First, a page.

No home is an island in Harumi Abe's new show

Harumi Abe

The title of Harumi Abe's new exhibit, "134 Days and 21 Hours," refers to the "walking" distance (thanks to Google Maps) between her home in Hollywood, shared with her husband and two dogs, and her childhood home in Saitama Prefecture, Japan.

If the two oceans and gulf separating her past from present sound long and cumbersome, Abe, who relocated from Japan to Hollywood 12 years ago, believes distance is "very personal, relative and basically meaningless."

"Japan is not my home, anymore. This is my home," says the 31-year-old painter, whose depictions of home and the warmth of everyday life can be found on display at the Lee Wagener Gallery at the Fort Lauderdale-Hollywood International Airport.

And in Abe's deeply personal notions about home, she collides the subtropical landscape of South Florida with that of Japan. The highway overpasses of her painting "595," referencing a certain interstate in Broward, are deluged with tidal waves and foamy ocean spray, partly a reference to the Japanese earthquake and tsunami in 2011.


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"From the Internet, I could see livestreams of the tsunami in Japan. It was traumatic. Mother Nature is such a strong force," recalls Abe, an adjunct professor at FIU and the gallery director of the Rosemary Duffy Larson Gallery at Broward College. "But I wasn't interested in showing a narrative here, a beginning-and-end story. I'm more interested in the idea of home as opposed to an actual place. The landscapes I create are re-creations of my old country, like a hybrid."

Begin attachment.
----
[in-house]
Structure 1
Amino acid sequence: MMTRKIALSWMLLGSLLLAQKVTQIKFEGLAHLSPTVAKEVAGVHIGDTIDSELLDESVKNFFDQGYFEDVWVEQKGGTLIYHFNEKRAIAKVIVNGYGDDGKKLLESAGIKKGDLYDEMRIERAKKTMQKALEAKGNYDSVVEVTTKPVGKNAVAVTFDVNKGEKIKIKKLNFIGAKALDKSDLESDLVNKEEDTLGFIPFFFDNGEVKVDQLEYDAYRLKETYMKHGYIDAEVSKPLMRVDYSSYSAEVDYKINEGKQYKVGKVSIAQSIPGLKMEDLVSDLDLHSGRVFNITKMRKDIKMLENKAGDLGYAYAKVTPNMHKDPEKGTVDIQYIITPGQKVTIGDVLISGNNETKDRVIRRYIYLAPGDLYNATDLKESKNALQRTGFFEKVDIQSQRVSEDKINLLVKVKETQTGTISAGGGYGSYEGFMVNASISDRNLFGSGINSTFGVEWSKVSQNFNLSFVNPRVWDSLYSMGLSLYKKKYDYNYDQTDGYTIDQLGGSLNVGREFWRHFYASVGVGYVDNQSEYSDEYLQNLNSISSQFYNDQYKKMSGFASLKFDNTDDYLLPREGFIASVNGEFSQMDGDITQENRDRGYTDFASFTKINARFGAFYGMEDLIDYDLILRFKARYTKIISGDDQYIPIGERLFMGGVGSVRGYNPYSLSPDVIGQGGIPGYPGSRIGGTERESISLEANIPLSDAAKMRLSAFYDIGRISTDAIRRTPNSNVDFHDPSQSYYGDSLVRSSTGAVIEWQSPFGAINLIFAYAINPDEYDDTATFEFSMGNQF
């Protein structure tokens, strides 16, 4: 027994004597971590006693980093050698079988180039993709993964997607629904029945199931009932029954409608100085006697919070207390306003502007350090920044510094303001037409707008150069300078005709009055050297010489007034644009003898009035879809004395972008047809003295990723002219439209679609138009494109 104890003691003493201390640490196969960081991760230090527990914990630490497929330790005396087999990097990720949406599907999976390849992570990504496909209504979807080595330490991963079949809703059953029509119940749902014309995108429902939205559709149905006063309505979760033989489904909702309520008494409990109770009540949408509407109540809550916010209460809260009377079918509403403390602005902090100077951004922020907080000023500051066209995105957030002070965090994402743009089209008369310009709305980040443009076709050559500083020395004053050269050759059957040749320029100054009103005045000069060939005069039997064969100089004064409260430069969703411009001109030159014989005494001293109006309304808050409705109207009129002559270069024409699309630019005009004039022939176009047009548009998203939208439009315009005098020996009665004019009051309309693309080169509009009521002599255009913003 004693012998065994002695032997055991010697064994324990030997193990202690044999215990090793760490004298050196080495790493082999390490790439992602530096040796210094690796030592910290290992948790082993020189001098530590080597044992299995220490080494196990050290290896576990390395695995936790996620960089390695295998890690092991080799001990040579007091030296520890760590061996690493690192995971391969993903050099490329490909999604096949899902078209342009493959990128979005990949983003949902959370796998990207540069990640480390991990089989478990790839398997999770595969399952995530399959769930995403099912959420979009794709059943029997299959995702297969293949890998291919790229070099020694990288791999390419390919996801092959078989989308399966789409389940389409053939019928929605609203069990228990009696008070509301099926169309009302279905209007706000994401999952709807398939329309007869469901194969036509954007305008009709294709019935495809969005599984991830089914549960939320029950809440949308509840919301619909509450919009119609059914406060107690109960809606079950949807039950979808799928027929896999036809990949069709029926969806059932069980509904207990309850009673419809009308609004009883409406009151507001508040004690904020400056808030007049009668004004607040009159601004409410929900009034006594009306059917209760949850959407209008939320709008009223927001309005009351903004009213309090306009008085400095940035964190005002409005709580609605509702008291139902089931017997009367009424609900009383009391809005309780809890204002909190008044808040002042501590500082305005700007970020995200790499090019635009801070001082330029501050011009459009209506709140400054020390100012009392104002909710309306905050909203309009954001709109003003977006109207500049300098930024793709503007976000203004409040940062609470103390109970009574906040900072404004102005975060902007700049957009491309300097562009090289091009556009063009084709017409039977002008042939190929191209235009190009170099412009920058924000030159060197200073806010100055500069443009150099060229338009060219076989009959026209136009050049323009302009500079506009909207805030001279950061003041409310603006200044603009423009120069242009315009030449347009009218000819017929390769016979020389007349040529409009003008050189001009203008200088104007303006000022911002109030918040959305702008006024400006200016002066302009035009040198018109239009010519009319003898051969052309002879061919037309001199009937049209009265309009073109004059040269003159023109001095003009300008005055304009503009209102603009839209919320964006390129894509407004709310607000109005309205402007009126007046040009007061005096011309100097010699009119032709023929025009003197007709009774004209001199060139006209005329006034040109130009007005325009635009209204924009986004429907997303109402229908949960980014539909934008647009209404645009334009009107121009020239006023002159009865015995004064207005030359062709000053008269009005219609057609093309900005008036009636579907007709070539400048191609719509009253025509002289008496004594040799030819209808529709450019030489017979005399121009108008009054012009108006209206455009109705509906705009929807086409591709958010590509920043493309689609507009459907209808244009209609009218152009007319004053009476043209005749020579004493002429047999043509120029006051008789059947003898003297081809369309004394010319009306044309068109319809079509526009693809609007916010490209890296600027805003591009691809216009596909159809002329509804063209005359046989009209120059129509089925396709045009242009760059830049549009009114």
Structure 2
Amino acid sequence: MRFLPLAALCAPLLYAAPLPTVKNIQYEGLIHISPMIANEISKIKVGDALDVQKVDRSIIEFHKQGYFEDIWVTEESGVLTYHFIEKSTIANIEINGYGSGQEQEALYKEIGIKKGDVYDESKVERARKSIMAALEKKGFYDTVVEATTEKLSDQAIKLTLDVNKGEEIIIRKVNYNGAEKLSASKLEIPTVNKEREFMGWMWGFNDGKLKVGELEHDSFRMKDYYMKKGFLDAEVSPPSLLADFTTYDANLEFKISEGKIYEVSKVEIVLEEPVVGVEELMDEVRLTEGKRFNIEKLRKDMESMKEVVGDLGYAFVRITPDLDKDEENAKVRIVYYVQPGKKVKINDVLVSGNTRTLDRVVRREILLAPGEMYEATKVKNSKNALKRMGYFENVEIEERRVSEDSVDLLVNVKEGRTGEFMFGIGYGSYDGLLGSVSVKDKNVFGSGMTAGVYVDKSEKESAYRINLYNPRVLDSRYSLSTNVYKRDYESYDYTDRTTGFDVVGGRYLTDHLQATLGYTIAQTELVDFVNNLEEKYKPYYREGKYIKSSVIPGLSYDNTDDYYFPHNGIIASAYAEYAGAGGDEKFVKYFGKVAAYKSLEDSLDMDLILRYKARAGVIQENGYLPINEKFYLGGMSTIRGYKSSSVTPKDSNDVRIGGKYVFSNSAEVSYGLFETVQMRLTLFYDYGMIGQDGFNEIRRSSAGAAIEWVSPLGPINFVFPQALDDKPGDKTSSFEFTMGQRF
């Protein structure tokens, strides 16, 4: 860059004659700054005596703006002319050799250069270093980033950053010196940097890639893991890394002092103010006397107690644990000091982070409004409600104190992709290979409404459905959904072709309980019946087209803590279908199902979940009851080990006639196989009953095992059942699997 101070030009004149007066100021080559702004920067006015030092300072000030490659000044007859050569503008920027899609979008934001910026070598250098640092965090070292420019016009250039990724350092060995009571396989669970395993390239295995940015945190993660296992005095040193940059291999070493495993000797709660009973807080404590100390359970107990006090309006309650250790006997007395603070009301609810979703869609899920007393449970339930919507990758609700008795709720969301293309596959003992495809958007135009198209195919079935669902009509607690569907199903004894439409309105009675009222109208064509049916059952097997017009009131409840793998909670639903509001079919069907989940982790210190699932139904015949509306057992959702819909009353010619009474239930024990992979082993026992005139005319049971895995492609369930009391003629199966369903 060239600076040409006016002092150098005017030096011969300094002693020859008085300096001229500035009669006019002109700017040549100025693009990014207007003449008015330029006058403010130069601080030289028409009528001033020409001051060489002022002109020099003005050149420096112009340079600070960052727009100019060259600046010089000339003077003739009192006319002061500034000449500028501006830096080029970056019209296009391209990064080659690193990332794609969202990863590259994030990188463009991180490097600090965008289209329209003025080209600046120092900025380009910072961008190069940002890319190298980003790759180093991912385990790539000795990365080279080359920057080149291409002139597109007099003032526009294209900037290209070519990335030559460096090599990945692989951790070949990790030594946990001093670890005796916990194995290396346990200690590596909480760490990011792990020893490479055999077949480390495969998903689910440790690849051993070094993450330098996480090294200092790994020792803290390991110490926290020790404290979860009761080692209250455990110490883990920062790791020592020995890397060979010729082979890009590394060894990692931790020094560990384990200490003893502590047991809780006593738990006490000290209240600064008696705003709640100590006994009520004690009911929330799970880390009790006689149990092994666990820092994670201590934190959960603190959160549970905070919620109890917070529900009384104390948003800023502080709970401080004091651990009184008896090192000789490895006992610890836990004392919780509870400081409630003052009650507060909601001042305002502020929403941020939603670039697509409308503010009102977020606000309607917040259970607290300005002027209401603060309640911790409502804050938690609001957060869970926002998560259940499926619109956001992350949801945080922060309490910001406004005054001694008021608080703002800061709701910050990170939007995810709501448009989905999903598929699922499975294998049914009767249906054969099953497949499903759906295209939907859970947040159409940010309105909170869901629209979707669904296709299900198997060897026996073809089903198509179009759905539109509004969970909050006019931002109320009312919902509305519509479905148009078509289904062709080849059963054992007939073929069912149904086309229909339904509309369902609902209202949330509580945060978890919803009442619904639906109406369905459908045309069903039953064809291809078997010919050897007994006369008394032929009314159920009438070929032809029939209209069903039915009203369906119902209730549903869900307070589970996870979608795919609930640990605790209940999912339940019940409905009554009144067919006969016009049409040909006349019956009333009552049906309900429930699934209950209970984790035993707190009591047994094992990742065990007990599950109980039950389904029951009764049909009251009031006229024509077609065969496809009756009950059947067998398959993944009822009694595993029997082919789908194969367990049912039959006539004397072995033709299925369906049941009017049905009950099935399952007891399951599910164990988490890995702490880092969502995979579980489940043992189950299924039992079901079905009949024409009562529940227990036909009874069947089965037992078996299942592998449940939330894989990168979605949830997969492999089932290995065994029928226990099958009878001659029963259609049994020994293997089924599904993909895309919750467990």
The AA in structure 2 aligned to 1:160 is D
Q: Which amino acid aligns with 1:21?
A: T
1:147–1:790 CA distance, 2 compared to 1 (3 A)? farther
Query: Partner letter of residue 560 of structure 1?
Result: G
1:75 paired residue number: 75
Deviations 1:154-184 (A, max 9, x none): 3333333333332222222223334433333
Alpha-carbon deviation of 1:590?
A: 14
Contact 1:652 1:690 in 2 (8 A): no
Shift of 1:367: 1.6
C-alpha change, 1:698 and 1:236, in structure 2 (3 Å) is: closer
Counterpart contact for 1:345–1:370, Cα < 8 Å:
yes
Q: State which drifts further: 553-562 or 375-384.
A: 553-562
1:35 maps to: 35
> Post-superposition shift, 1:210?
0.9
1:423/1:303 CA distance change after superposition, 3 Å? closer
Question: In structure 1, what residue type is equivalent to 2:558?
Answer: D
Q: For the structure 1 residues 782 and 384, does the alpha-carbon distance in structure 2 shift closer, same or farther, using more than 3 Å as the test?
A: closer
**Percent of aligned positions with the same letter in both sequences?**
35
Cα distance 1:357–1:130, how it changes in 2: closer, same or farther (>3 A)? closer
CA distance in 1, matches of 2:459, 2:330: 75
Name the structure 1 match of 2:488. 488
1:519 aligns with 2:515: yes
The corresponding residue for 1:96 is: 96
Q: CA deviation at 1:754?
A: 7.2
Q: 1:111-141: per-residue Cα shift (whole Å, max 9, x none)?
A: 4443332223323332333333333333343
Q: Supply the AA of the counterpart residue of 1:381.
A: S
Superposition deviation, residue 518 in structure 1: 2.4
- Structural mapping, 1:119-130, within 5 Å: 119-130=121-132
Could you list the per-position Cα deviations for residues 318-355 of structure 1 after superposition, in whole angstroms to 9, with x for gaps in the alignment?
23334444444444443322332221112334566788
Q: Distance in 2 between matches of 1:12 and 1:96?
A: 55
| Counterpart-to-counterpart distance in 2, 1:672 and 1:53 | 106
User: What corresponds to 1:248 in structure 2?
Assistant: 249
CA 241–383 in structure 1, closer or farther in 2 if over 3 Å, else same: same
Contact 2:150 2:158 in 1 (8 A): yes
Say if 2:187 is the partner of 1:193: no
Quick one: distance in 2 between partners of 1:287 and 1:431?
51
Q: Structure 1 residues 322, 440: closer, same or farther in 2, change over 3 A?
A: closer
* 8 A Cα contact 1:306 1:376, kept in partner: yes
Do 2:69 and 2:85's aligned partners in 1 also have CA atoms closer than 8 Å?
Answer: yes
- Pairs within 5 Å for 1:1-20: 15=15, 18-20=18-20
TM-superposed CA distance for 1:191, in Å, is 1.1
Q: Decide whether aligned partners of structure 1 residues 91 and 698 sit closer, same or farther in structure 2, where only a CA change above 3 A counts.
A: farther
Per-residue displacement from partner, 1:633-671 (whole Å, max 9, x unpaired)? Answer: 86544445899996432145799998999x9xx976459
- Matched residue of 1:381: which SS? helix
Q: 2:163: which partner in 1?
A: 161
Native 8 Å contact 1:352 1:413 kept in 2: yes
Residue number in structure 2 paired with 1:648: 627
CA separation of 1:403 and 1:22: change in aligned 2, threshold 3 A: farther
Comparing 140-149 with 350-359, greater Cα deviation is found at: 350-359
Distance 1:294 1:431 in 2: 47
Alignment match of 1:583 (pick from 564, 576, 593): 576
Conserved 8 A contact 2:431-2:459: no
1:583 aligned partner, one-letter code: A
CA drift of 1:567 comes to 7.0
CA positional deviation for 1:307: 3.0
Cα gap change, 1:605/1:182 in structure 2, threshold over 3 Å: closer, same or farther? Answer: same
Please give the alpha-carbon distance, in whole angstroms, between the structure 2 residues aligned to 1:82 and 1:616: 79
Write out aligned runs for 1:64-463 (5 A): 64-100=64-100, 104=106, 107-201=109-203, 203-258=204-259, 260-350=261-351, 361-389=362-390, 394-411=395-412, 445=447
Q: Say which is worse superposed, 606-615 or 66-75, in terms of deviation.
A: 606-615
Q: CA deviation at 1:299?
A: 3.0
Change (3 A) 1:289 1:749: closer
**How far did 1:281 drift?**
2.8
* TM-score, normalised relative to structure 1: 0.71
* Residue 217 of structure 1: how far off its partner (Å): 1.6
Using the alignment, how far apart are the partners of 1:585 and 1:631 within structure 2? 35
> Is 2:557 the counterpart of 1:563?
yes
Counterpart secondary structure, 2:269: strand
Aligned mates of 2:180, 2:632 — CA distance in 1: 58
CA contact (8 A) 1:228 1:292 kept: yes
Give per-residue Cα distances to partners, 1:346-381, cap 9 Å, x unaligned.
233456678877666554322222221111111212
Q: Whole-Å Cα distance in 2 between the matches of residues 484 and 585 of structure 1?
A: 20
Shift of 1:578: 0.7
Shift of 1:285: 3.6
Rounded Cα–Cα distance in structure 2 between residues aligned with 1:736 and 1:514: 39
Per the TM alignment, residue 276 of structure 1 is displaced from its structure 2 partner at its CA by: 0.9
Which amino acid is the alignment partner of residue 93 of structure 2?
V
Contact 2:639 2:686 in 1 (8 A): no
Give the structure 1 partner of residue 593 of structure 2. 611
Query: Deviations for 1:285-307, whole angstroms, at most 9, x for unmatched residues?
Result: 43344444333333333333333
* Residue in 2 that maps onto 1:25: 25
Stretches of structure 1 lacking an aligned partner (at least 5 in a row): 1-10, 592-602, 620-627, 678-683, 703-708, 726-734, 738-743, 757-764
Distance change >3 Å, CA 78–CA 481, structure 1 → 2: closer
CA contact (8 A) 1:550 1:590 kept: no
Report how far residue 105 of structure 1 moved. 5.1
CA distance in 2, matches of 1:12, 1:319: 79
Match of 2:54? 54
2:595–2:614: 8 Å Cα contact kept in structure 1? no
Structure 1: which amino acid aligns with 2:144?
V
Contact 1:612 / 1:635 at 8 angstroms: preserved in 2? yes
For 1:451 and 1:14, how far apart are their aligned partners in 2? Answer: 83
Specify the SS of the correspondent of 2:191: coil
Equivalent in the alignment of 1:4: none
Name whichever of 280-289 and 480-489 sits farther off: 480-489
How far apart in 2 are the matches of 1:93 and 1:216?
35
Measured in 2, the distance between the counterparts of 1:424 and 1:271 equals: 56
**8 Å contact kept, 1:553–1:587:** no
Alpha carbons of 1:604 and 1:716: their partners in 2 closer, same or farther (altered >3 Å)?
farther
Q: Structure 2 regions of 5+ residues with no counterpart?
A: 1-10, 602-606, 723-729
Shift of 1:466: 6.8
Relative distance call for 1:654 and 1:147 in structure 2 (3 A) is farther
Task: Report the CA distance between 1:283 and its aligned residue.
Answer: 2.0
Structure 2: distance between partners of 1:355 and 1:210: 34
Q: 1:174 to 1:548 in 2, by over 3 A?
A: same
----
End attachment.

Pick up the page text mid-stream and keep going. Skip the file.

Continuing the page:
She says the paintings are partly inspired by the works of Albert Bierstadt, a 19th century German-American painter who captured the American West in majestic oils, and his belief that the landscapes recalled mountains in Germany. Abe's "Homage to Bierstadt" depicts a rocky shore in the foreground, choked with surf, and the sloping peak of Mt. Fuji in the distance.

But Abe is also keen on depicting homes both literal and figurative. "Clouds" shows a panoramic view of Hollywood's quiet neighborhoods in the hazy purple of sunset, but the scene on the ground is dwarfed by outsize red-orange clouds that resemble explosions, which she claims are subconscious references to the near-meltdown of the Fukushima nuclear power plant. Meanwhile, her series on islands ("Dragon's Island," "Island II") offers luminous, almost romantic, representations of the home as dwellings of comfort.

"It's about different formations of home," she says. "You hope that water surrounds you, and you're isolated, but it's sort of glib. Because we have turf wars where we live, and get annoyed when a neighbor's tree goes over your white picket fence, right? Or sometimes, you think the perfect American home has the perfect family, but there is turmoil inside. And the next thing you know, people are getting a divorce."

134 Days and 21 Hours

When: Through Sept. 30

Where: Lee Wagener Art Gallery at Terminal 2 of Fort Lauderdale-Hollywood International Airport, 100 Aviation Blvd., Fort Lauderdale

Cost: Free

Contact: 954-357-8542 or search "Lee Wagener Art Gallery" on Broward.org